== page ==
Ellyse Alexandra Perry (born 3 November 1990) is an Australian sportswoman who made her debut for both the Australian cricket and the Australia women's national soccer team at the age of 16. She played her first cricket international in July 2007 before earning her first football cap for Australia a month later. Perry is the youngest person to represent Australia in cricket and the first Australian to have appeared in both cricket and football World Cups.[1]

Ellyse Perry
2017–18 W Ashes A v E Test 17-11-10 Perry portrait (02).jpg
Perry during the Women's Ashes Test in 2017
Personal information
Full nameEllyse Alexandra Perry
Born (1990-11-03) 3 November 1990 (age 29)
Wahroonga, New South Wales, Australia
Height176 cm (5 ft 9 in)
BowlingRight-arm fast
International information
National side
Test debut (cap 152)15 February 2008 v Pakistan
Last Test18 July 2019 v England
ODI debut (cap 109)22 July 2007 v New Zealand
Last ODI9 October 2019 v Sri Lanka
ODI shirt no.8
T20I debut (cap 21)1 February 2008 v England
Last T20I2 October 2019 v Sri Lanka
T20I shirt no.8
Domestic team information
2007–New South Wales Breakers
2015–Sydney Sixers
2016–Loughborough Lightning
Career statistics
Competition WTest WODI WT20I WBBL
Matches 8 112 111 70
Runs scored 624 3,022 1,101 2,612
Batting average 78.00 52.10 30.58 53.30
100s/50s 2/2 2/27 0/4 2/17
Top score 213* 112* 60* 103*
Balls bowled 1,534 5,110 2,087 1201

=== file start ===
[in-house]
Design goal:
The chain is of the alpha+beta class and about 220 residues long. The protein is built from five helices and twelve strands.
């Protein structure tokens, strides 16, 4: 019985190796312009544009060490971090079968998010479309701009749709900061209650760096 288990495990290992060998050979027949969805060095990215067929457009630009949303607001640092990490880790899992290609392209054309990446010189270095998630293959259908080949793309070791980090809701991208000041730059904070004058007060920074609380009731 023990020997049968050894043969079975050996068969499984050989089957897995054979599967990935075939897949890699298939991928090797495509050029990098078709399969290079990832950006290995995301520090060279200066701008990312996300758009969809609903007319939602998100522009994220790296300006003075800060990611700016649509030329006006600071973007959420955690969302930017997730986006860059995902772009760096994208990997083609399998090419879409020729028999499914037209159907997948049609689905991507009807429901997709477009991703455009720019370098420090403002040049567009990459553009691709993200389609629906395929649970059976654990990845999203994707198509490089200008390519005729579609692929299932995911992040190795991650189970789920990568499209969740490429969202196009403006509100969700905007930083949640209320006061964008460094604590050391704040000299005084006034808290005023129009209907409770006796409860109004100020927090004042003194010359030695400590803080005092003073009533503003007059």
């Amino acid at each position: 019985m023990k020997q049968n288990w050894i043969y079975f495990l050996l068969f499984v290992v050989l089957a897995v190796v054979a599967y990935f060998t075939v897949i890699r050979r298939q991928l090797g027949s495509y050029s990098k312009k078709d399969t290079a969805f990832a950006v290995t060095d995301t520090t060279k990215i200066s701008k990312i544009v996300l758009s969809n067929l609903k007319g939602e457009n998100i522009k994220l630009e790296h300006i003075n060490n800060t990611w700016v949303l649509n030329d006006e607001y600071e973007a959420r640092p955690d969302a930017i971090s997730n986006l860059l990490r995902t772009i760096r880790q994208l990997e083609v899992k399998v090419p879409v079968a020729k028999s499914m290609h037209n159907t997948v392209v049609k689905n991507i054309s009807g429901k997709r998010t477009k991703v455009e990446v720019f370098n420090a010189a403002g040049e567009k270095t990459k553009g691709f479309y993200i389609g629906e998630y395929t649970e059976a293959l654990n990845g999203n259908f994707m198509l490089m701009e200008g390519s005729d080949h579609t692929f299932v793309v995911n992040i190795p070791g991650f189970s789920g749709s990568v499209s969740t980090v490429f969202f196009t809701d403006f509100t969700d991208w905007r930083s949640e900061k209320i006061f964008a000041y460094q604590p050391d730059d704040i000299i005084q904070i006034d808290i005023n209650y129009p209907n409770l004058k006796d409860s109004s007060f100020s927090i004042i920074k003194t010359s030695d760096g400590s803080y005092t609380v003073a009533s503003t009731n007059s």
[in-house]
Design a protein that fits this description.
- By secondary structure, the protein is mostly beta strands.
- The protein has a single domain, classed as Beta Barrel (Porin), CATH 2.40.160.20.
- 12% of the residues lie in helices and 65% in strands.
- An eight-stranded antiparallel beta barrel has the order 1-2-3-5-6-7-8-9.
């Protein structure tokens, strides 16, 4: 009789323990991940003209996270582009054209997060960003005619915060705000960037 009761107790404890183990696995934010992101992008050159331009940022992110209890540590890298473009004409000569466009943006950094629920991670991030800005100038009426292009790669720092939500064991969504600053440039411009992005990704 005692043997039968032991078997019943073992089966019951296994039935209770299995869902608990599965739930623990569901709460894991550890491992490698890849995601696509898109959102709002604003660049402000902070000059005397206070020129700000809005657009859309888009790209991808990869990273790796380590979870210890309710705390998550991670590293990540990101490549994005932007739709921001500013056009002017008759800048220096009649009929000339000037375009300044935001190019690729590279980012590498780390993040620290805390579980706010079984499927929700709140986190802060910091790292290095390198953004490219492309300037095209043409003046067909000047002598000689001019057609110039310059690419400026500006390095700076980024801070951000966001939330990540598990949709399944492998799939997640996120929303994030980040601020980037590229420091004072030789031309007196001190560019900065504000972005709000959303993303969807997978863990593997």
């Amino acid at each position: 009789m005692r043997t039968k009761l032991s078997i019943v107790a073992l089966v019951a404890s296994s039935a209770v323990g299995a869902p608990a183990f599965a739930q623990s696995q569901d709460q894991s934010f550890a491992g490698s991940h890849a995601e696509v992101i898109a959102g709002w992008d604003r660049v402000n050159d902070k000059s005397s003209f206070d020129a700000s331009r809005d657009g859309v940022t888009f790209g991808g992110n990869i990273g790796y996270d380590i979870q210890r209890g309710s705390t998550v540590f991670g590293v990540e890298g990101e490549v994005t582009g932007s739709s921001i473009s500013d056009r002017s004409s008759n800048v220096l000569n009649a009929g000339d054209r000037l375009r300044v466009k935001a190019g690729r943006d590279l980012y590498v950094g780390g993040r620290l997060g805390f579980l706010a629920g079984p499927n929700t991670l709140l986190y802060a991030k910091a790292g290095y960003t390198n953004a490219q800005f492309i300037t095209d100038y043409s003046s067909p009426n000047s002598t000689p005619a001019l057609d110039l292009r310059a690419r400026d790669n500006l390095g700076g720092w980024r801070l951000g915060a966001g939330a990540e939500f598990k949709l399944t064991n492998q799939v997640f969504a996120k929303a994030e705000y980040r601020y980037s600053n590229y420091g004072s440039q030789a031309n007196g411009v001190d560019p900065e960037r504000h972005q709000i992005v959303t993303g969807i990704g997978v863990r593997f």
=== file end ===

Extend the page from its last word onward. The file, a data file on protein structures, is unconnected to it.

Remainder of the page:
Wickets 31 152 106 32
Bowling average 18.19 24.29 19.36 37.53
5 wickets in innings 2 3 0 0
10 wickets in match 0 0 0 0
Best bowling 6/32 7/22 4/12 2/11
Catches/stumpings 5/– 37/– 32/– 25/–
Source: ESPNcricinfo, 22 November 2019

Perry was fast-tracked to make her Women's One Day International (WODI) debut for Australia against New Zealand, three months before playing a single match for her state New South Wales in the Women's National Cricket League (WNCL). In 2007–08, she made her debut for New South Wales and won the WNCL with them, and at the end of the season, she made her Women's Test cricket debut in Bowral against England. During the season, she was the player of the match in her Women's Twenty20 International (WT20I) debut against England, and made her maiden WODI half-century against New Zealand.

Perry took 4 wickets for 23 runs in the final of the 2008–09 WNCL to help New South Wales defend their title. She then took nine wickets as Australia came fourth in the 2009 World Cup held in Australia. She was ineffective during the 2009 ICC Women's World Twenty20 in England, taking only two wickets in Australia's four matches.

In 2009–10, Perry took 22 wickets and scored 148 runs as New South Wales won the WNCL again. She then took 18 wickets in 10 WODIs against New Zealand at the end of the season, as the Australians won all the matches. During these matches, Perry took her maiden five-wicket WODI haul. Perry played in each of Australia's matches at the 2010 World Twenty20 in the West Indies, taking 3 wickets for 18 runs and being named player of the match in the final as Australia defeated New Zealand by three runs to claim the title. In December 2017, she won the inaugural ICC Women's Cricketer of the Year award.[2]